Court awards €60,000 to parents after medical shortcomings led to death of 18-month-old child
The government’s Chief Medical Officer and two doctors were ordered to pay €60,000 in damages to the parents of an 18-monthold child who died 11 years ago because of shortcomings in medical treatment.
The child passed away at the Emergency department’s Paediatrics Unit at St Luke’s Hospital in 2005. In addition to shortcomings in treatment, the court also noted shortcomings in the professional organisation at the hospital during the time in question.
The child, Mireille Portelli, was taken to hospital by her parents a total of five times, four times of which they found the Paediatrics Unit shut and were forced to go to the Accident and Emergency department. They were repeatedly assured that nothing serious was wrong with their child and were instructed to go home. On her fifth visit to the hospital, baby Mireille tragically lost her life while at hospital.
The courts head how after the baby had been administered her MMR vaccine she developed a temperature of 103.7 degrees. It transpired that a swelling in the neck of the baby had been ignored. This was caused by a throat infection that eventually spread to her blood, causing septicaemia and eventually to her untimely death.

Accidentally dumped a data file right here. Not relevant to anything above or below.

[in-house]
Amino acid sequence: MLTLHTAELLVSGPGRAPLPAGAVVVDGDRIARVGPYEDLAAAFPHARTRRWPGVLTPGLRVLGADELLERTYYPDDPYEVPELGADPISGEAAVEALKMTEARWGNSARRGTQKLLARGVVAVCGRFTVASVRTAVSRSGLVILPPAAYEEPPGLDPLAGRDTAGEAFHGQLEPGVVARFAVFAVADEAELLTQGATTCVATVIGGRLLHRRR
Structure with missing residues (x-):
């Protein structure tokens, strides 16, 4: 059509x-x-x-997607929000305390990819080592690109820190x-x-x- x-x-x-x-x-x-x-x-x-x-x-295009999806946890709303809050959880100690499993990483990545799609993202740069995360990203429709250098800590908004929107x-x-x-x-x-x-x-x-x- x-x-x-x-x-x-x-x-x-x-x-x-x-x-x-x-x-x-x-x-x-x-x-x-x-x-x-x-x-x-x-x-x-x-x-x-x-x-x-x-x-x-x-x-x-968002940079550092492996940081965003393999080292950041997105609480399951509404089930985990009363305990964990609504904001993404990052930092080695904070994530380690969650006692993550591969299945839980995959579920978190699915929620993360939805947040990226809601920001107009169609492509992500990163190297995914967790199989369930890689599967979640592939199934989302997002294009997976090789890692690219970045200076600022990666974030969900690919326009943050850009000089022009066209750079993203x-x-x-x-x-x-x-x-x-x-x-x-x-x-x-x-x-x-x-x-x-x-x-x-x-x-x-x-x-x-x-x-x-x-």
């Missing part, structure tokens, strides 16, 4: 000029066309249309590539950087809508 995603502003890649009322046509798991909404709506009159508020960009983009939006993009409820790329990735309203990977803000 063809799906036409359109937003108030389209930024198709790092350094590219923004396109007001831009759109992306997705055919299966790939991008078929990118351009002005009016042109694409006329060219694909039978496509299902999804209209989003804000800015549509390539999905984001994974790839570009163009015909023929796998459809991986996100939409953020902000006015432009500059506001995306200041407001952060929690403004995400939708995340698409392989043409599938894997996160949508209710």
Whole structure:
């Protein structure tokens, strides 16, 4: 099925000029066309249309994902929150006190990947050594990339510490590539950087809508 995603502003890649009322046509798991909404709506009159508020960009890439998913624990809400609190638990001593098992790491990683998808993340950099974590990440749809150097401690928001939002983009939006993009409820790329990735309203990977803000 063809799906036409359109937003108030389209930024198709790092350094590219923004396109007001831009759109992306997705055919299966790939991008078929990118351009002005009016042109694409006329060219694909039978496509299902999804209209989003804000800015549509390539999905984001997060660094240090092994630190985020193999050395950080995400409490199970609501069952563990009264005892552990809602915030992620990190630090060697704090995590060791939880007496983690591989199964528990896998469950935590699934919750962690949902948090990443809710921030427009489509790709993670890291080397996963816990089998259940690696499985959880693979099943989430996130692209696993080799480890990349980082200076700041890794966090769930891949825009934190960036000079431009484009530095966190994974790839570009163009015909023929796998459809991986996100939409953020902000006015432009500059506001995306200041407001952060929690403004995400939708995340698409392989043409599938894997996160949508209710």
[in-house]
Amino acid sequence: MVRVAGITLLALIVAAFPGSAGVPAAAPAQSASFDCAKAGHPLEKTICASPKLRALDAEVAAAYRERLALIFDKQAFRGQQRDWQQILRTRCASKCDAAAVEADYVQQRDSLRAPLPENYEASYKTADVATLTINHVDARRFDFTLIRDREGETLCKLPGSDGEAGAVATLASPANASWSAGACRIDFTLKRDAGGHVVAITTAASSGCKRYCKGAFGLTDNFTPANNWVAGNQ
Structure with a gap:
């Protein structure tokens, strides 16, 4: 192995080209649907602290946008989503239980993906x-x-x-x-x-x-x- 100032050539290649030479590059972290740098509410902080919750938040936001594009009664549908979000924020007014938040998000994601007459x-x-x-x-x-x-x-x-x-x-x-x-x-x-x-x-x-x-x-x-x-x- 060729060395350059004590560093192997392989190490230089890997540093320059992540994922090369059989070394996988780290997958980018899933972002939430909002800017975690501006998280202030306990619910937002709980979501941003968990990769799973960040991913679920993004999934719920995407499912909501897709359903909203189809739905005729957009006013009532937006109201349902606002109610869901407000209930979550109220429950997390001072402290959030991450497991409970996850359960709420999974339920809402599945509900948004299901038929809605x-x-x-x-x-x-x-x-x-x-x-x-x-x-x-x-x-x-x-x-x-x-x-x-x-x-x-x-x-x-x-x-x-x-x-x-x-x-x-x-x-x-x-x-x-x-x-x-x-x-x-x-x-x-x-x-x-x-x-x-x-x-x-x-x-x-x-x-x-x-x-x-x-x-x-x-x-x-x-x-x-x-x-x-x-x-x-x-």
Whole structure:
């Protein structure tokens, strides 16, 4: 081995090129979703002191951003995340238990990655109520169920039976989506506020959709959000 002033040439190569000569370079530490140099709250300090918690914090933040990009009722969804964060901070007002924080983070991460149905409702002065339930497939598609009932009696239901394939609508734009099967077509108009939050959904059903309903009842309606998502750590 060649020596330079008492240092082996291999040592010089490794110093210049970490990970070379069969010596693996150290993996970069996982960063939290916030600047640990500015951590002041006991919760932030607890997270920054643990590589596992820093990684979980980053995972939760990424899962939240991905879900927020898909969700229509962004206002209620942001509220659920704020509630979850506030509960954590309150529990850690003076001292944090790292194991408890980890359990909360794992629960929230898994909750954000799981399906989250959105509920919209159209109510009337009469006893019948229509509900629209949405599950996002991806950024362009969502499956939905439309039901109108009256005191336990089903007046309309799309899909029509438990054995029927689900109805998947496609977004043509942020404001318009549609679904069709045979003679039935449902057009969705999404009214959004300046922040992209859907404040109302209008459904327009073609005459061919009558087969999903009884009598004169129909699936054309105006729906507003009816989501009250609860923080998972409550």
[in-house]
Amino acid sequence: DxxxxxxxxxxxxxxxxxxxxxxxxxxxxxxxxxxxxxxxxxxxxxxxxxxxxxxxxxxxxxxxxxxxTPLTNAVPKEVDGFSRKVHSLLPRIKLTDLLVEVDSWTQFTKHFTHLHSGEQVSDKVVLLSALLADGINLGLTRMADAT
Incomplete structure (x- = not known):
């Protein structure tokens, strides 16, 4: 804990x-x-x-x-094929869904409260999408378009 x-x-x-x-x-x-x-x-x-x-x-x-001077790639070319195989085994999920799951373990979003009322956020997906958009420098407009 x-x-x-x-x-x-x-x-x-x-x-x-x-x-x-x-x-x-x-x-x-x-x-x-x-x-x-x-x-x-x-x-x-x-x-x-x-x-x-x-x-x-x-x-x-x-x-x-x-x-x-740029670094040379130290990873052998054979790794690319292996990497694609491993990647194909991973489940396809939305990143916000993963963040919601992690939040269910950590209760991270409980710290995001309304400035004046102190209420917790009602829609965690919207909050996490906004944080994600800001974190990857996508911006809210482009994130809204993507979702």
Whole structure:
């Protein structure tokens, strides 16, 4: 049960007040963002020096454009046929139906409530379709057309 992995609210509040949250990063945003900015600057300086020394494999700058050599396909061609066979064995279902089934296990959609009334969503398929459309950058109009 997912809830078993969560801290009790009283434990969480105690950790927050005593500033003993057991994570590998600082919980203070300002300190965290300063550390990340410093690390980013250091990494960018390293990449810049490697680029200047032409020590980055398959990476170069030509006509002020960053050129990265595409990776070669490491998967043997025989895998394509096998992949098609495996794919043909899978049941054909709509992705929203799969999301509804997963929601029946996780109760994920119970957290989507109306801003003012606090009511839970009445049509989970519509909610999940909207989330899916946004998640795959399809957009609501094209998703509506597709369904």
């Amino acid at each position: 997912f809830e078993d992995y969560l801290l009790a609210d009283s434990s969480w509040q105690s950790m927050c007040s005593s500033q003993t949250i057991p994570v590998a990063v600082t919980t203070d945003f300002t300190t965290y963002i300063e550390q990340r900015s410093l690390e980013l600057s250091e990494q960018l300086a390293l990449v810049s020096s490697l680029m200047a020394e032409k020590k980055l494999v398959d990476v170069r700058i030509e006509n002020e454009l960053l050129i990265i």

Experts told the courts that the medical examinations which were carried out on young Mireille were superficial at best, with a few fundamental examinations never being carried out. Dr Edward Zammit, the courts heard, failed to alert his superiors even though the child had turned blue and developed a rash.
On the final visit, Dr Daniela Damarco realised that the child’s condition was deteriorating rapidly and subsequently ordered a chest scan. Unfortunately, this was too late and the baby lost her life.
Judge Silvio Meli, presiding over the case, declared that this was a case of serious negligence in view of the handling of the case as well as the way in which the doctors carried out their duties when examining the child.
He noted that the doctor who had initially examined the baby had just three months experience at the Paediatrics department. The doctors failed to exercise the diligence expected of their profession, he said.
In addition to this, he noted that normal procedure was not followed through failure to refer to the child’s medical records, failure to take blood samples, failure to keep the child under observation, failure to alert their relevant consultants and senior doctors.
The fact that the paediatrics section of the Emergency department would be closed intermittently was also listed as a shortcoming.
The compensation due was established at €60,518.73 after taking into account the parent’s low degree of dependency on the victim and deductions for a lump sum payment.